Tennis won’t be back to normal even by Wimbledon, admits WTA chief Micky Lawler… but Novak Djokovic is likely to be front and centre again in the on and off court dramas of the coming season
- Tennis tours return this week but an escape from coronavirus is some way off
- Ten cases were discovered in Melbourne on Friday in a worrying development
- Micky Lawler will be hoping her star players are seen far more often than in 2020
- But Novak Djokovic is likely to dominate in the on and off court dramas
The first thing that Micky Lawler, President of the WTA Tour, does upon waking at her Florida home each morning is check the latest world developments around Covid-19.
She admits that she does so with some trepidation, and will hardly be alone in that among sports executives.
With the tennis tours returning to action this week after a longer than usual hibernation an escape from the disease’s clutches is still some way off. The latest development of 10 new cases in Melbourne on Friday will have sent another frisson of anxiety through the sport.
Novak Djokovic will be in the spotlight right from the off with tennis getting underway
Coronavirus is threatening the Australian Open but Serena Williams will travel to take part
‘I think tennis did an amazing job last year because of the huge challenges due to the global nature of the sport, and those challenges continue,’ she says.
Armed with a new logo as part of a re-brand, and a sharpened tournament structure, the women kick off in Abu Dhabi on Wednesday, while there are men’s events in Turkey and Florida. The idea is that everyone then heads to the Australian Open, via unprecedented qualifying events in Dubai and Doha.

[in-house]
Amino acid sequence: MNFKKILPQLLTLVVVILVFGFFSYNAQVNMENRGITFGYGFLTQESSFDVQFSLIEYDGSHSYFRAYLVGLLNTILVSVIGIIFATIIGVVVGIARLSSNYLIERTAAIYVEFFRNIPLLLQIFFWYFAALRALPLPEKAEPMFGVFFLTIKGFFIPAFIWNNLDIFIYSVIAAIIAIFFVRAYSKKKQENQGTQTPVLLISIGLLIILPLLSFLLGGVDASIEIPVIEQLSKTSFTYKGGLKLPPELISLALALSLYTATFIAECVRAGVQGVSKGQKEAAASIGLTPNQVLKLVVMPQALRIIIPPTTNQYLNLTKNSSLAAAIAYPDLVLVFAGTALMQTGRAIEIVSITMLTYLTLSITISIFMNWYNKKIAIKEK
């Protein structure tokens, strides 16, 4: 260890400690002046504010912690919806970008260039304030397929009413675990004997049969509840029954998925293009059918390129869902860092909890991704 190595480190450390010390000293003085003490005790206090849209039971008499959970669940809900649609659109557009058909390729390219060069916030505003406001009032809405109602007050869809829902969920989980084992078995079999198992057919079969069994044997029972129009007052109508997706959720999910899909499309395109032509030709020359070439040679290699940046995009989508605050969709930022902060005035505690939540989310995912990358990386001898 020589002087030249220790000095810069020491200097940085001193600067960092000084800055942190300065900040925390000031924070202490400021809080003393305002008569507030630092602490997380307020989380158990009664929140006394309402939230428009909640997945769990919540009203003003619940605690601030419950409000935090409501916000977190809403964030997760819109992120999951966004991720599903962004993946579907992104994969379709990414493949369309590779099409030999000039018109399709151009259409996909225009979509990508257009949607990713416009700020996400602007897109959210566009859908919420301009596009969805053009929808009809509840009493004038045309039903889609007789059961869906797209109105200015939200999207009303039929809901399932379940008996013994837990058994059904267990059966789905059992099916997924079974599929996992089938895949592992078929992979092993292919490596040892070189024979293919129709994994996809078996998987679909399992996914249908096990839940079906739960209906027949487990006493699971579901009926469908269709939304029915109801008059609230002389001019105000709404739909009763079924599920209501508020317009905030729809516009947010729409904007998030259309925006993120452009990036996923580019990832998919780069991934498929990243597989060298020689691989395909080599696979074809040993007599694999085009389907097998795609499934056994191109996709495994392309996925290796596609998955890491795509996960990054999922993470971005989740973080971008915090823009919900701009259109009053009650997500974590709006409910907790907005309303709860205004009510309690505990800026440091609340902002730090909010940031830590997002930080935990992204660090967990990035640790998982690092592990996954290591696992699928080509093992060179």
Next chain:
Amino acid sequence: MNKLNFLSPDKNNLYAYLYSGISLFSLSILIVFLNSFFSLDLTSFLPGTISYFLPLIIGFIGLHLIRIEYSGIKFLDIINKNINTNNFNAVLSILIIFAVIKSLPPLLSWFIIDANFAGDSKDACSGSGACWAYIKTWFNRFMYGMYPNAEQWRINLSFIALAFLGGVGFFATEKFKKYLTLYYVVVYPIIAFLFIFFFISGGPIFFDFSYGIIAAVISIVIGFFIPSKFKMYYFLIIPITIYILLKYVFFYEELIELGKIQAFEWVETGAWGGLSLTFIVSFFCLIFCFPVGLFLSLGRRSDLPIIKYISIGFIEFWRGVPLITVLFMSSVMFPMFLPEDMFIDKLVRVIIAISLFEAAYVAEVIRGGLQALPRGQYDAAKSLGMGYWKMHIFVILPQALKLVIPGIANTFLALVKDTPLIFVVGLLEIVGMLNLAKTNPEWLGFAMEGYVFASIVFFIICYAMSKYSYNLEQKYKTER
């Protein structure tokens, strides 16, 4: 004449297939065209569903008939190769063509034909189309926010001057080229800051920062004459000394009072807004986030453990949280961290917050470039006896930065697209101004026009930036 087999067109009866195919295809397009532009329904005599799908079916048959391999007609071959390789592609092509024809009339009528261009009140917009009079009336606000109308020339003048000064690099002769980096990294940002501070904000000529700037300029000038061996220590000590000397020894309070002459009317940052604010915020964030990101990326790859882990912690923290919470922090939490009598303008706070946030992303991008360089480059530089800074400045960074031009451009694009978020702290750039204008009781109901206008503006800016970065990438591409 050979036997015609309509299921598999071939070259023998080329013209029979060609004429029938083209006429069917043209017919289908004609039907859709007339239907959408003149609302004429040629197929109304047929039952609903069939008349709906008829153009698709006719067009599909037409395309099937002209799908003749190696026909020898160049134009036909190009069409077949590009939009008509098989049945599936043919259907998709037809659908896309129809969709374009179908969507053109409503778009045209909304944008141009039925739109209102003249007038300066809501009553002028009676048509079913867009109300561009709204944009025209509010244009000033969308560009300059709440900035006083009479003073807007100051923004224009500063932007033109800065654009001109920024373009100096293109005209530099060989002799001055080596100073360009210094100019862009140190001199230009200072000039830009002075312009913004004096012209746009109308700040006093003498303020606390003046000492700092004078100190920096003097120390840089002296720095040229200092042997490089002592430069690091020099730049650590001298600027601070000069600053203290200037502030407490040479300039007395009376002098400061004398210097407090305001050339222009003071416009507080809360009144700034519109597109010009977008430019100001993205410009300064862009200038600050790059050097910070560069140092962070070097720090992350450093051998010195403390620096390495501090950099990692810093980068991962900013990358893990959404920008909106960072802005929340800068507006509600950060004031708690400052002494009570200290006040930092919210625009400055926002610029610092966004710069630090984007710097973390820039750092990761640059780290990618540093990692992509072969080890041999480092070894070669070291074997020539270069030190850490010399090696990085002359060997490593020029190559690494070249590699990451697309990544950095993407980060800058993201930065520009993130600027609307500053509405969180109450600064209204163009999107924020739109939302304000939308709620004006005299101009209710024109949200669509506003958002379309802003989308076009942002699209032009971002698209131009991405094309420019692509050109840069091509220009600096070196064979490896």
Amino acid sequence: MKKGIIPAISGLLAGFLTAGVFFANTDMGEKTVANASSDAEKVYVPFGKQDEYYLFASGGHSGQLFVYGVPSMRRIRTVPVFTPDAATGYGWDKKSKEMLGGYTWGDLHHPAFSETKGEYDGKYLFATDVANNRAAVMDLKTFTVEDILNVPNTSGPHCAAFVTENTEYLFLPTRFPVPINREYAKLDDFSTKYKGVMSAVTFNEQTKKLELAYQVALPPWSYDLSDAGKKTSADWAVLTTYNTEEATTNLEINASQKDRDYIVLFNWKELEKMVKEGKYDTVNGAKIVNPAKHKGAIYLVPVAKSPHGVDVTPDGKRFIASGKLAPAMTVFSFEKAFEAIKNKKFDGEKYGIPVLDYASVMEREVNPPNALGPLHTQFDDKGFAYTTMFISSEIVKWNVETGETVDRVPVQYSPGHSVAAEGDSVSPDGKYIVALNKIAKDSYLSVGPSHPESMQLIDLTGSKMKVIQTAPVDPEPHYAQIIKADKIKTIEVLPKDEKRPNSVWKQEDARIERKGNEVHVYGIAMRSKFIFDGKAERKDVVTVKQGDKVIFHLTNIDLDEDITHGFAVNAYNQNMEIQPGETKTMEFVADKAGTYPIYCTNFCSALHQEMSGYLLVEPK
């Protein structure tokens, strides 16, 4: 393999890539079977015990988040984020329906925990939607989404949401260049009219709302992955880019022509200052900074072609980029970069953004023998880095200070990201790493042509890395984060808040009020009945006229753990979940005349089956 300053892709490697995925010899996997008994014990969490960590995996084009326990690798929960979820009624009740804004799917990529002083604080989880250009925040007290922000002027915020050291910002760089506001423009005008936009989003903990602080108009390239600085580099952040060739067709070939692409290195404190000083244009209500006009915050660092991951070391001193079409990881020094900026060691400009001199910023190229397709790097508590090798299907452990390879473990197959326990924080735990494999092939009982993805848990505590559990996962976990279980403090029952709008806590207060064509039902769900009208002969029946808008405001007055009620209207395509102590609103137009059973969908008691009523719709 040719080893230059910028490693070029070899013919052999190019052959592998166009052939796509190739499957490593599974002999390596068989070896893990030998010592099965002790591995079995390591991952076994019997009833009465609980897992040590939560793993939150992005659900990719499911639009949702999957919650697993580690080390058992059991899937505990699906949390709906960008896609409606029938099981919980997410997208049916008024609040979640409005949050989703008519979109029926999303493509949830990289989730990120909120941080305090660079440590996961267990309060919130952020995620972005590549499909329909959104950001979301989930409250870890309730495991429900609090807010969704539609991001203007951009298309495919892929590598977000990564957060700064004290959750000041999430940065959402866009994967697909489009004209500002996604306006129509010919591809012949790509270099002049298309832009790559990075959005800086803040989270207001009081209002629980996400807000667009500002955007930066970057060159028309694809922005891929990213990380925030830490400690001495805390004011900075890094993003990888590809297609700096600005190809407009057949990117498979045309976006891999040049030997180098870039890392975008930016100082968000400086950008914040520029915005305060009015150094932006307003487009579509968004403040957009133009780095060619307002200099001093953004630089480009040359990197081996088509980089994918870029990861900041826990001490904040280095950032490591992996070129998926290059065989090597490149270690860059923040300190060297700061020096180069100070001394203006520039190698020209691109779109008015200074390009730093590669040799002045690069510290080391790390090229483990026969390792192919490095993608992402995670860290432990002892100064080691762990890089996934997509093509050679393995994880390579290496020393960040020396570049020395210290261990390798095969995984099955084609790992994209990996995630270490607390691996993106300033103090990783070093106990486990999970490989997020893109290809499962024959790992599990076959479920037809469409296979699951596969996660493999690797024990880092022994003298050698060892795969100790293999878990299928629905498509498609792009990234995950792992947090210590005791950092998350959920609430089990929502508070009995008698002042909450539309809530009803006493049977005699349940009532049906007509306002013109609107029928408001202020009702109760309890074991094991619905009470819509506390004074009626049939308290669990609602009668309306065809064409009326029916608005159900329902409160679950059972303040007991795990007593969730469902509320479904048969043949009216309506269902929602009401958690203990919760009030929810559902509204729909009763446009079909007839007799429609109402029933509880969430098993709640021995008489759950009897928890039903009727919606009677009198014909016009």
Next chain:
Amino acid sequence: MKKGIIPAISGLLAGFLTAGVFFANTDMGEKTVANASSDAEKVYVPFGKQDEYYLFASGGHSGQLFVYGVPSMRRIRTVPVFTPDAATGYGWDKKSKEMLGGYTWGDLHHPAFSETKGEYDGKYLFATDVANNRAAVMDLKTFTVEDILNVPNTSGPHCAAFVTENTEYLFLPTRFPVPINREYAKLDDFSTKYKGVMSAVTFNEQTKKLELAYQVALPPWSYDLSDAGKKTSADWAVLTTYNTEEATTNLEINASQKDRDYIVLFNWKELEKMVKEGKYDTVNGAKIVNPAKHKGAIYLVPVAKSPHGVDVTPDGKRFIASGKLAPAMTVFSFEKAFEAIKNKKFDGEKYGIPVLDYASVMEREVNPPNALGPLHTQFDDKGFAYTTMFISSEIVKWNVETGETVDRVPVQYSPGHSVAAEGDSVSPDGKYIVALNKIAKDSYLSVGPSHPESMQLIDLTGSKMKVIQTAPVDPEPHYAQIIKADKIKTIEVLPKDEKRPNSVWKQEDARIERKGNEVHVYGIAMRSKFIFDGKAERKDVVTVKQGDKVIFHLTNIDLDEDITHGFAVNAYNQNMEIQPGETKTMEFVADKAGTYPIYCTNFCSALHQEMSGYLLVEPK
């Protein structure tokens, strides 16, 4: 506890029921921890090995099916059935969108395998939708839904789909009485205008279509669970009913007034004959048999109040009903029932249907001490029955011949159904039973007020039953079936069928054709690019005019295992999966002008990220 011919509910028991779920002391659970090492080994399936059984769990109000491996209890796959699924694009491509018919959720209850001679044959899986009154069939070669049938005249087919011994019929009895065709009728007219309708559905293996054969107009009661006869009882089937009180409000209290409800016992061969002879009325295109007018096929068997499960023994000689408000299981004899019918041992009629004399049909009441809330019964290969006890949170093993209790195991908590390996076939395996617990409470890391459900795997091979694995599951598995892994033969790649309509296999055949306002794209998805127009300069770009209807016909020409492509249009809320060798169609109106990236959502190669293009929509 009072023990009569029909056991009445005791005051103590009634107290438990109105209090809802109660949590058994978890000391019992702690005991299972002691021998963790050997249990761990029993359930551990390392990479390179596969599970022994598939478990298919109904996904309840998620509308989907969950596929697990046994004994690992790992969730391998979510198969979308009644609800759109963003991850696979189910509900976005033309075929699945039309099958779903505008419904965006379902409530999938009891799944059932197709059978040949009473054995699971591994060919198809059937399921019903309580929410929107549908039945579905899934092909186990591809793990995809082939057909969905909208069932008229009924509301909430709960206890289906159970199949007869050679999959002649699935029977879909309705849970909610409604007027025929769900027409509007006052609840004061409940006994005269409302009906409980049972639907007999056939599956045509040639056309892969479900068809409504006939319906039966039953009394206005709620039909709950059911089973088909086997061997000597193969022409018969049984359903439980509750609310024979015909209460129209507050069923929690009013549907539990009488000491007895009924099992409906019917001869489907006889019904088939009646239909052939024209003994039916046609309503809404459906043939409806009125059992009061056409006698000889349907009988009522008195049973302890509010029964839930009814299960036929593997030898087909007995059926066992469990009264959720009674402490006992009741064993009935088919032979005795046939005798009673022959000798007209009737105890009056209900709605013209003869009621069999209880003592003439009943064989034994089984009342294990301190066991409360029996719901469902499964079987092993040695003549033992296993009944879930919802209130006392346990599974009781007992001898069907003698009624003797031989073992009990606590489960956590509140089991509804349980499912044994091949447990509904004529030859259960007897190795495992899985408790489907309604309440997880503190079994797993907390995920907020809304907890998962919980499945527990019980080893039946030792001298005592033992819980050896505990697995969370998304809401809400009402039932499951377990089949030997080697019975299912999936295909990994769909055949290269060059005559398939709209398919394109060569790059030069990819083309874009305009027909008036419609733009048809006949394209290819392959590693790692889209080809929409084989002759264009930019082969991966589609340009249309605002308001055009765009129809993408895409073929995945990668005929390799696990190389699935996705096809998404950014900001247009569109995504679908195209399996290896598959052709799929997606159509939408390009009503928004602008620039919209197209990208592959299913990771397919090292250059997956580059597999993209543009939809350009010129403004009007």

This much we know, but nobody can be certain about the future beyond that. Lawler reveals that her planning involves nine different scenarios, depending on the spread of the disease and the speed of vaccine rollouts.
Like many in the game she looks towards Wimbledon in the summer as the sunlit uplands, although with some caution. When does she expect things to be back where they once were?
‘The safest assumption is that the tour will be back to normal in 2022, but the aim is to be flexible,’ she says. ‘Wimbledon is the Mecca, I found the hardest part of last year was missing that. I think it’s too soon for Wimbledon to be fully normal (this summer), but I am really hoping that it will be as normal as possible.’
Another thing she will be hoping for is that her star players are seen far more often than in 2020. For instance Ash Barty spent most of last year holed up at home and played only 14 matches, but still ended as No 1 due to freezes in the ranking system.
A promising start is that Serena Williams is prepared to swallow the highly restrictive measures being imposed in Australia and will travel. A women’s tour that is struggling to hold its own as a standalone product, and that has developed an over-reliance on government funded events – especially in China – needs its big names out in force.
There are good intentions about more co-operation between the men and the women, and they released a joint promotional video last month. Against that is the disappearance of the app that was a one-stop shop for all WTA and ATP tournament results, angering many fans.
WTA Tour President Micky Lawler (centre) is looking towards Wimbledon as the sunlit uplands
Lawler bluntly admits that this was a ‘mistake’ caused by having to fight fires on so many other fronts last year. ‘There have been technical changes to do with the app but we should have got ahead of it,’ she says. ‘It is a top priority to address that and we are actually having a meeting on Monday to discuss this issue, we want to restore it.’